When it comes to caring for the eyes of your children – and yourself – you can’t be too careful. To help you take a second look at the most important eyes in your life, CBSNewYork spoke with Dr. Andrea Thau, a Manhattan-based optometrist and spokesperson for the American Optometric Association. By Renee Smith.

Comprehensive Exams

It may surprise you to know that the eye exams your child receives in school and at the pediatrician are not enough. The American Optometric Association recommends strongly that all children receive a comprehensive eye exam with a developmental optometrist by age 1, at age 3, age 5 and every 1-2 years after that. Dr. Thau explained that vision is something that develops as our children grow and the eye and brain begin to work together. Since problems can emerge at different ages, receiving a comprehensive eye exam is imperative throughout childhood. Many eye conditions are preventable when detected early. Early detection can potentially save years of struggling for children since eyesight has a profound impact on learning and social interaction.

In fact, Dr. Thau, along with other AOA optometrists, developed a program called InfantSEE ®  which allows children between the ages of 6 and 12 months to receive a free comprehensive eye exam with an AOA InfantSEE ® doctor. This program has already been successful in saving the lives of infants and preventing countless diseases in children.

The eyes are a very complex system and because they work together with the brain, vision is often interrelated with learning problems in children. Comprehensive eye exams can be particularly helpful when children are struggling with the learning process. Many children who are misdiagnosed as having learning disabilities actually have eye or vision problems, which once detected is usually correctable.

Protect Your Children’s Eyes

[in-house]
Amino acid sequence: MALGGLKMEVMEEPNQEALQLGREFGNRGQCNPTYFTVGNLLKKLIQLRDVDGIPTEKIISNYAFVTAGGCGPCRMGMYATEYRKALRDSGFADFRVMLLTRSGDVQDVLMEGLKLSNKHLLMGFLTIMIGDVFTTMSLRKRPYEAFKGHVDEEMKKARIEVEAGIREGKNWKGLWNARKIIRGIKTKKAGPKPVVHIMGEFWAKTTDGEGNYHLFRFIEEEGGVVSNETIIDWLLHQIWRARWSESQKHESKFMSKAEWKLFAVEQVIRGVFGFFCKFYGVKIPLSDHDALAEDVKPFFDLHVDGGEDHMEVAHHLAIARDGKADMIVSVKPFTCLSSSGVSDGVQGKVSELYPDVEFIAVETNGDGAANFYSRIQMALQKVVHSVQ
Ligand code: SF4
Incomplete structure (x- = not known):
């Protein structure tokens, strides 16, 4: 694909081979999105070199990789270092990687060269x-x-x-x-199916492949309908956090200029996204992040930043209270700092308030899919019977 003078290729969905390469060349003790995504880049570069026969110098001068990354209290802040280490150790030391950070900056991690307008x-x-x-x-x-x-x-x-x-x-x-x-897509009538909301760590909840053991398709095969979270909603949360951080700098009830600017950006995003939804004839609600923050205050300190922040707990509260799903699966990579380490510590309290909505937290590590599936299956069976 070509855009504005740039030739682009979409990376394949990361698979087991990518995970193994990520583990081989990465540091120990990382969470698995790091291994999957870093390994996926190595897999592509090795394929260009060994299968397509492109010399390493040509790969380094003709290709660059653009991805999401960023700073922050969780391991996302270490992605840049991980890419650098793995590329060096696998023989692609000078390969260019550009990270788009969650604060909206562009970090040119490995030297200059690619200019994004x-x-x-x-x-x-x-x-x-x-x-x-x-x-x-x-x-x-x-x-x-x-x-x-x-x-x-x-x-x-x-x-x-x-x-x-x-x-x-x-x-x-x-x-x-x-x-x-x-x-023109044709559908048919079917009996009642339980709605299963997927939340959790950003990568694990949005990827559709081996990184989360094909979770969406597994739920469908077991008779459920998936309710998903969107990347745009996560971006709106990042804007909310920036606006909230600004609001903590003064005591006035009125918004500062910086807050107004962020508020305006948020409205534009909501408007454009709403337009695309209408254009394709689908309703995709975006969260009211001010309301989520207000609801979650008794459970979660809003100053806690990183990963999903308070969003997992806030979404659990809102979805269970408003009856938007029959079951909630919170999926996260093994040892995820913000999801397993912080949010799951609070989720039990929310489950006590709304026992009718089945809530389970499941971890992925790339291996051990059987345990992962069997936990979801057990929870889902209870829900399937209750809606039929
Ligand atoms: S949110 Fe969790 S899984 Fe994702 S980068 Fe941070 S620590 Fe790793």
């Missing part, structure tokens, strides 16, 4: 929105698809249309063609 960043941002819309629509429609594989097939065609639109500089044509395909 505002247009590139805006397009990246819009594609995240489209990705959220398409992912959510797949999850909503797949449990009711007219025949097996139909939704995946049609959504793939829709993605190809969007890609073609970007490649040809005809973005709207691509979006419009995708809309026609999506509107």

“You don’t want to take your child’s vision for granted”, says Dr. Thau. There are many steps parents can take to protect their children’s vision throughout childhood.

o Get Outdoors! Studies show that children who play more outdoor sports have better vision, because being outdoors forces our eyes to focus on things both near and far. Too much time spent looking at things close up (computers, television, etc.) limits eyesight development.

o Give it a Rest! Children often spend long periods of time looking at the computer, television and games. To prevent vision problems, teach your children to follow the 20-20-20 rule: For every 20 minutes of working or playing with items that are near, take a 20 second break to look something 20 feet away.

o UV Protection. We have finally learned to slather our children’s skin with sunscreen to protect it from harmful UV rays. Now, we need to apply that wisdom to their eyes as well. Accumulation of damage from UV rays can lead to vision problems and disease later in life. So, outfitting your children with sunglasses or a baseball hat will go a long way toward prevention.


Search for an AOA InfantSEE® doctor to receive a free comprehensive eye exam for your child.

American Optometric Association
This website is loaded with practical information about vision and eyes. Use it also to search for an AOA doctor near you, like Dr. Andrea Thau.

College of Optometrists in Vision Development
This is another great resource for information on vision and wellness presented in a practical context for parents.

Renee Smith writes for Me and George Bailey.